Because it is based on a rear-wheel-drive platform, some trunk space is eaten up by the differential. That leaves just 6.7 cubic feet, enough for two golf bags or some groceries, but that's about it.

My tester was a 2002 model, but the 2003s are on their way. If you want to wait for one, there are a number of upgrades to enjoy. Perhaps the most significant is a boost of the engine to 280 horsepower and 286 lb.-ft. of torque, thanks to electronic throttle control and variable cam timing. For '03 you can order a Select Shift transmission that permits manual shifting without a clutch. All-speed traction control is now standard equipment, as are two-speed, variable interval wipers with a heated park position. The instrument cluster has been tweaked, and there are two new interior colors.

Ford is releasing a limited run of 700 James Bond Edition Thunderbirds this November in conjunction with the new James Bond movie Die Another Day. In the film, Halle Berry, as Jinx, drives a coral custom T-Bird. These cars feature 21-spoke chrome wheels, solid white seats, and white-trimmed lower door panels and speaker covers. The shift knob and steering wheel wear Black Ink leather. Each James Bond Edition car gets a numbered commemorative plaque on the inside of the glovebox. Pricing information will appear before Christmas.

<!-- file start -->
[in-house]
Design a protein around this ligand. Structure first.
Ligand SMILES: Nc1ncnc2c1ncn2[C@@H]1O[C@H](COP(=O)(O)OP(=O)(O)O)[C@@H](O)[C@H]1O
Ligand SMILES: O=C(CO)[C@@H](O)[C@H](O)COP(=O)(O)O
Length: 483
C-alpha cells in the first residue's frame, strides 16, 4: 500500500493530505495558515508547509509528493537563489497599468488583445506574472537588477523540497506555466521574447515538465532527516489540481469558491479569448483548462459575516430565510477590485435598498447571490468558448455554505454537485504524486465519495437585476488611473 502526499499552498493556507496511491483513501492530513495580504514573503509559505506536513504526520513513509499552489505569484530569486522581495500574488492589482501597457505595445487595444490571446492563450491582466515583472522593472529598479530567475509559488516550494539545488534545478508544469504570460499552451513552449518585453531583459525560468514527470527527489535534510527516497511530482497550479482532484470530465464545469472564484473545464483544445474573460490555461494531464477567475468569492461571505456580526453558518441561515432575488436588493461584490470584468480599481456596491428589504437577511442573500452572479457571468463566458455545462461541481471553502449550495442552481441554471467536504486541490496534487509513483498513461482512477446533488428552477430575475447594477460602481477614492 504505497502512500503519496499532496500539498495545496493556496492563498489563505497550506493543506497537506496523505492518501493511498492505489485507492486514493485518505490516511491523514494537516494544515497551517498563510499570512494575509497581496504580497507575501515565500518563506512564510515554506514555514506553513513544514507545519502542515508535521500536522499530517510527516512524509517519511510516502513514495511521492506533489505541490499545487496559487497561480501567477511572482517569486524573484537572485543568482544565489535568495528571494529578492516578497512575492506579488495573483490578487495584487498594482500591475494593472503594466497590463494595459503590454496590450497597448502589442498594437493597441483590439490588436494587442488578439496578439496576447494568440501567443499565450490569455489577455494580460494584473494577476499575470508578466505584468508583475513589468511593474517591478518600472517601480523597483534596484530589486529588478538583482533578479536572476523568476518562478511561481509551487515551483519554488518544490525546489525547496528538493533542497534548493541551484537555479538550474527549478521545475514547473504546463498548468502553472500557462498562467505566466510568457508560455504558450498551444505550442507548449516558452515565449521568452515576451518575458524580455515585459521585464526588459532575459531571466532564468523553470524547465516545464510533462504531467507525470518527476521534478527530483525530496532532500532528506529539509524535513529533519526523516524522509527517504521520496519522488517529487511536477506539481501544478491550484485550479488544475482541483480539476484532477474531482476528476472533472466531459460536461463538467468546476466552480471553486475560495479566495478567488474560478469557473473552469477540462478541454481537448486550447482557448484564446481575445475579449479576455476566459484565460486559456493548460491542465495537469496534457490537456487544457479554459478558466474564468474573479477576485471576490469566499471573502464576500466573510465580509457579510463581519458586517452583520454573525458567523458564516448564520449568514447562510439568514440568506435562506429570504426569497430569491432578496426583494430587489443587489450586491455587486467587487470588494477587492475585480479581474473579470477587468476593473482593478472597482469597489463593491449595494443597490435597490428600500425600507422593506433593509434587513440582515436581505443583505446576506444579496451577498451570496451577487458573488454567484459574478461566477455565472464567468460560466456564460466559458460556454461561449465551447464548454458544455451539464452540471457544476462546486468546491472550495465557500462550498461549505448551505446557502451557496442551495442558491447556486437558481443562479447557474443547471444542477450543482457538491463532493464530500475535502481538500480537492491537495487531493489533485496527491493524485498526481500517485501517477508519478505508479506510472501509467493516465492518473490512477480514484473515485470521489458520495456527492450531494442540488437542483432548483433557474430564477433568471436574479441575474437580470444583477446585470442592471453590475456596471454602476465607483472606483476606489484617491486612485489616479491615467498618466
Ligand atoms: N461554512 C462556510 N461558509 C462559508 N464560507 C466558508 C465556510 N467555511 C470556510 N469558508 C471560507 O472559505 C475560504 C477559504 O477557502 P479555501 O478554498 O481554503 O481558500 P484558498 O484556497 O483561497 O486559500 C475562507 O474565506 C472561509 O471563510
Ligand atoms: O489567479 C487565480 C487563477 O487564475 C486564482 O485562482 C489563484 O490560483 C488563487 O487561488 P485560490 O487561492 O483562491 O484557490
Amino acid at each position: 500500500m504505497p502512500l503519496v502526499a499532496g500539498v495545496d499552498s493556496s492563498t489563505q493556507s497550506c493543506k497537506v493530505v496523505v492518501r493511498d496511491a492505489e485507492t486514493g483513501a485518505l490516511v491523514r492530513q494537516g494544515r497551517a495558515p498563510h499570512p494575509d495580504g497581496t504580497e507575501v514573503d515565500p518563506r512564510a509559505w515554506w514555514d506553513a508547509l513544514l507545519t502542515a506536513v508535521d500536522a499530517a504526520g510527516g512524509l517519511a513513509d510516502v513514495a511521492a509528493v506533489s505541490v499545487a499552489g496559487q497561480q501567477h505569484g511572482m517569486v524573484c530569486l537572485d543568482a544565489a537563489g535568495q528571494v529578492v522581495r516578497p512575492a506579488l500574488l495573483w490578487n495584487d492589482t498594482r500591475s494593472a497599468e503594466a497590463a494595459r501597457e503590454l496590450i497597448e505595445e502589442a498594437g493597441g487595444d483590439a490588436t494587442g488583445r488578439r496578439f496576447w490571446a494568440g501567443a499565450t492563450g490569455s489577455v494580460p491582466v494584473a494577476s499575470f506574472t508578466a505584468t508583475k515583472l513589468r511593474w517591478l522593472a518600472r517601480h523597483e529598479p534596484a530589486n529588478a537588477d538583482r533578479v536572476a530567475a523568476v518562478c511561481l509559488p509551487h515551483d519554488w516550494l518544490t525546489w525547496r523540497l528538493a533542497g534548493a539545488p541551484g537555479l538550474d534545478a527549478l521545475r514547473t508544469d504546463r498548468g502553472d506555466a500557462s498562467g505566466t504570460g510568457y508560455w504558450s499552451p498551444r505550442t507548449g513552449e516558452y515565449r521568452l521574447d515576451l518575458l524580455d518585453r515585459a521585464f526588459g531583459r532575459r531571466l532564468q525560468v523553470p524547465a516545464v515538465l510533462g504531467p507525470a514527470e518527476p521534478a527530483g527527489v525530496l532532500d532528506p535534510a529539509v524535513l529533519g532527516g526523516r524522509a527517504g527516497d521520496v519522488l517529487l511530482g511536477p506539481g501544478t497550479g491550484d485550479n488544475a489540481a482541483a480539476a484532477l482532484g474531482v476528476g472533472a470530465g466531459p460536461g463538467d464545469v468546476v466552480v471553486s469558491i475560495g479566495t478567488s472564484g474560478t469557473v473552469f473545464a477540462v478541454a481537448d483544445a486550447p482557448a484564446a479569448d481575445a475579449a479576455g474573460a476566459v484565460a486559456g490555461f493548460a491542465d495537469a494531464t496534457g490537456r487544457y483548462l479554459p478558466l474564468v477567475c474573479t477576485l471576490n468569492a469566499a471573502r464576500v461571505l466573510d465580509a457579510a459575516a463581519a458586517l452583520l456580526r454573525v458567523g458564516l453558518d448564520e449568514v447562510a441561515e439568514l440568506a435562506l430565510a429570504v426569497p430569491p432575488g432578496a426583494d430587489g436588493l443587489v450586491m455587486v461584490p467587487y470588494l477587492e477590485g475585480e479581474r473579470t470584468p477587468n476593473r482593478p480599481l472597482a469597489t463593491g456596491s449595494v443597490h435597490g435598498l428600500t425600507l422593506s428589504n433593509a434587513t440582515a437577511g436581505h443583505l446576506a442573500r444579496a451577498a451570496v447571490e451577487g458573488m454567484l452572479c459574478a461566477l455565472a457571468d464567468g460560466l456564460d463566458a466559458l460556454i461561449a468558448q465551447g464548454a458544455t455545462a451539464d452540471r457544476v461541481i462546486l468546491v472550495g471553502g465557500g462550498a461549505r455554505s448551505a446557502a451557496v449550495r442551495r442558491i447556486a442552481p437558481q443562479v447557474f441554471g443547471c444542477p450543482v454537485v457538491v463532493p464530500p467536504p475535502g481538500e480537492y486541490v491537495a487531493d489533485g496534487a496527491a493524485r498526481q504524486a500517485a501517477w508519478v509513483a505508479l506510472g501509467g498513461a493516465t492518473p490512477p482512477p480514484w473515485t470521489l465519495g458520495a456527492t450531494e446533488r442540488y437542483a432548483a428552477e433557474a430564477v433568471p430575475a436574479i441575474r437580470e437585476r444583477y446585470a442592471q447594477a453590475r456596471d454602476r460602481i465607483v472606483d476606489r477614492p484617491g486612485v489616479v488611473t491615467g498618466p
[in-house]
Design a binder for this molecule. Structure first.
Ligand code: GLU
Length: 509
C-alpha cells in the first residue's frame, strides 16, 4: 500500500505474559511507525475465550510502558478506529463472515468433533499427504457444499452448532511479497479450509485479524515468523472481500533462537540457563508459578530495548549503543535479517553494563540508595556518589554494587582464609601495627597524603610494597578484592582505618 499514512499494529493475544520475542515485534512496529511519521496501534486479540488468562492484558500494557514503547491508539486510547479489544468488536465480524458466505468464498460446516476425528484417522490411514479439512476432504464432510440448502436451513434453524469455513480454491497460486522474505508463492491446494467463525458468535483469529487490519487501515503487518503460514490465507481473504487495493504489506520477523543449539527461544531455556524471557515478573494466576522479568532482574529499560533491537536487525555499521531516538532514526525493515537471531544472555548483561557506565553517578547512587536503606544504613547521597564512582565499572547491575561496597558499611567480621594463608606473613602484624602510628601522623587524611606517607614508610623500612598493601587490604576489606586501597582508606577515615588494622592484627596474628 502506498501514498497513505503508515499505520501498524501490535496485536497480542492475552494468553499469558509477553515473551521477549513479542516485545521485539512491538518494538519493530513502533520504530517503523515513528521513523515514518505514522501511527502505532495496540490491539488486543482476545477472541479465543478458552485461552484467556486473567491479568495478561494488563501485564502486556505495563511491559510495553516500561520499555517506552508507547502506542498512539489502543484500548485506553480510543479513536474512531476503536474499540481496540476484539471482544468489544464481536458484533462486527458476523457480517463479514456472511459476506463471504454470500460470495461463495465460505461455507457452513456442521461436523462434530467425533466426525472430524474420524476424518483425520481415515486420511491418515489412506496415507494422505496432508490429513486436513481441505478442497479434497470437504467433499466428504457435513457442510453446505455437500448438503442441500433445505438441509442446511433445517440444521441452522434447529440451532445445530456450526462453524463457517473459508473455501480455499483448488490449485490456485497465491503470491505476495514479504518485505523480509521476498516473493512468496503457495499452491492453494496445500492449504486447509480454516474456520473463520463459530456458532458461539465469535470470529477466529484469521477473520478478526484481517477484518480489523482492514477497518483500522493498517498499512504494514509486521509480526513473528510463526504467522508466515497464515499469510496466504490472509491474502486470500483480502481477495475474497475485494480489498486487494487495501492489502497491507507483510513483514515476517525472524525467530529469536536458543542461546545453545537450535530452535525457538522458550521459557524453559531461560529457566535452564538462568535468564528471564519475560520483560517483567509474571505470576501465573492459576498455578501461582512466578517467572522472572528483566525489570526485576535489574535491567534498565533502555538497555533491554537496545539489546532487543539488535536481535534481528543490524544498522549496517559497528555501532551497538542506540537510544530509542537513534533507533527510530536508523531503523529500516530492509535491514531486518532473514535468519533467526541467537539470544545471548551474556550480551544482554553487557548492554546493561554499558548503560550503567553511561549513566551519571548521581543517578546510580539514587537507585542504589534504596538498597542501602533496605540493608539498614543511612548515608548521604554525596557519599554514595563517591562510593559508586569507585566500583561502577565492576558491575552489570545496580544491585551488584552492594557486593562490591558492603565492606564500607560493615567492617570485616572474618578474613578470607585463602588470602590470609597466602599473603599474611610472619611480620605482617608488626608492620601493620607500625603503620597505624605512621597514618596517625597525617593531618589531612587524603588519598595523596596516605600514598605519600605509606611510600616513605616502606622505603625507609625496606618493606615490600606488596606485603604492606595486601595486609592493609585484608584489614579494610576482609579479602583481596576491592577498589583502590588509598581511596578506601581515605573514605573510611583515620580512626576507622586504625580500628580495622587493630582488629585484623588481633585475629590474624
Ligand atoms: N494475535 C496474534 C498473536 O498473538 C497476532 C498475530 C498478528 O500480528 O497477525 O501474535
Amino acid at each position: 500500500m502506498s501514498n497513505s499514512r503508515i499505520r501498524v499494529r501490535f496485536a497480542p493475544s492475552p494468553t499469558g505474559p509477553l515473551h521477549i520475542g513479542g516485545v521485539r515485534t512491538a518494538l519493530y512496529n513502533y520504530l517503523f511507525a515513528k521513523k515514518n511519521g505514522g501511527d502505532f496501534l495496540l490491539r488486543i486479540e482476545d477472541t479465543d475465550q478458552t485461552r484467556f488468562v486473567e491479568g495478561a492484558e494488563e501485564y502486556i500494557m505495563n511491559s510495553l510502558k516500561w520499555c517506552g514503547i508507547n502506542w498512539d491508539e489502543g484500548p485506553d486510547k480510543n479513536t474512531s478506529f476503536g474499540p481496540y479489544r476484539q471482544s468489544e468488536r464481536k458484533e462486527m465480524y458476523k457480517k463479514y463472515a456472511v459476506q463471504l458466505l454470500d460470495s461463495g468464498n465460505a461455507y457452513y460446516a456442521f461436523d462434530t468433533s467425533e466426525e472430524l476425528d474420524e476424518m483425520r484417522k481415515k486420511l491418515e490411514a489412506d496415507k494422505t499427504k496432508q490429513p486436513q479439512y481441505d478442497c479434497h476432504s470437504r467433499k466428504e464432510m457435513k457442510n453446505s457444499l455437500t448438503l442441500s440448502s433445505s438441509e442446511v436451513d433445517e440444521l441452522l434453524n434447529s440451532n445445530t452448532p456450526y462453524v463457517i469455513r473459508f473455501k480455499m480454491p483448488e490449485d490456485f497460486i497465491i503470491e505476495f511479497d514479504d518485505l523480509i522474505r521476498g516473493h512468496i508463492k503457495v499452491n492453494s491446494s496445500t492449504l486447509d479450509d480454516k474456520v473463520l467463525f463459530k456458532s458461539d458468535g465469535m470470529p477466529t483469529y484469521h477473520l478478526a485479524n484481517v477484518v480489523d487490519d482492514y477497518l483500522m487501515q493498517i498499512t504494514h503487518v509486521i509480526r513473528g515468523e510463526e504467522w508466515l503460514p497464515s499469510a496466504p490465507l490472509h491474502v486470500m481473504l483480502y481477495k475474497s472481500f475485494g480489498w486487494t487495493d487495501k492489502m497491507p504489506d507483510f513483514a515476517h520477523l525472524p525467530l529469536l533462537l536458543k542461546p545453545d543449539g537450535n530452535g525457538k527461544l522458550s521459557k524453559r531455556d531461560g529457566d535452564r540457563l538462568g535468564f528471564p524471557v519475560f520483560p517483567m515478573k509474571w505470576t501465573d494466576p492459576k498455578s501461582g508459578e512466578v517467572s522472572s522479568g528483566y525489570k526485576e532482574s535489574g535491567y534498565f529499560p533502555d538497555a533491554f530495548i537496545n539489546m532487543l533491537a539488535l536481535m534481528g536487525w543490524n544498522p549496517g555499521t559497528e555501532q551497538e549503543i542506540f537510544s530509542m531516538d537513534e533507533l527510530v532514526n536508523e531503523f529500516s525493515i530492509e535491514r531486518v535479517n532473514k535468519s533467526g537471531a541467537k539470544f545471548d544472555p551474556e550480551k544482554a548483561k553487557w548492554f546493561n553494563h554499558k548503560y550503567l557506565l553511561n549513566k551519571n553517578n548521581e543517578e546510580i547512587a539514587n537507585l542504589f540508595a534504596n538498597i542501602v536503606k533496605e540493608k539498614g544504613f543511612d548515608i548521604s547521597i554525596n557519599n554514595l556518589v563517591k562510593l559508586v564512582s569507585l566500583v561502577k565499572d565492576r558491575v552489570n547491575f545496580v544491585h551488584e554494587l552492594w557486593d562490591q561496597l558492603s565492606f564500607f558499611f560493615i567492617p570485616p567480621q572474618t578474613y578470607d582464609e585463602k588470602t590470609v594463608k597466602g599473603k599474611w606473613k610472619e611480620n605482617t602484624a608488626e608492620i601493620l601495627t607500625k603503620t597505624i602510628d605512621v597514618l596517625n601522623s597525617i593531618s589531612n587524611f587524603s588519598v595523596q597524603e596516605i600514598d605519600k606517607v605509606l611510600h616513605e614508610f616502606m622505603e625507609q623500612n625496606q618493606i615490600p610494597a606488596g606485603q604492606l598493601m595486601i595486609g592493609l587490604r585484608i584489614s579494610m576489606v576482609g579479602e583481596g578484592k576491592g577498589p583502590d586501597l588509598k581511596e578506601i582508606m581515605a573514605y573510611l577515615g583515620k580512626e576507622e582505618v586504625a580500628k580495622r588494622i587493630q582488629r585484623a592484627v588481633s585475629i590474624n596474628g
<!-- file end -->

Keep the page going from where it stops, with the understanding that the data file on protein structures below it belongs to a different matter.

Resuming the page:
Motor Trend magazine gave this new Thunderbird its coveted Car of the Year award for 2002. You can place one in your driveway for about $39,000. It's a trip from the past and into the future all rolled into one.  By Steve Schaefer AutoWire.Net - San Francisco

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Byline:  Syndicated content provided by Tony Leopardo AutoWire.Net
Column Name:  A trip from the past and into the future all rolled into one.
Topic:  2002 Ford Thunderbird
Word Count:   1045
Photo Caption:  The 2002 Ford Thunderbird
Photo Credits:  Ford Internet Media
Series #:   2002 - 27

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Download the original image file here:  2002 Ford Thunderbird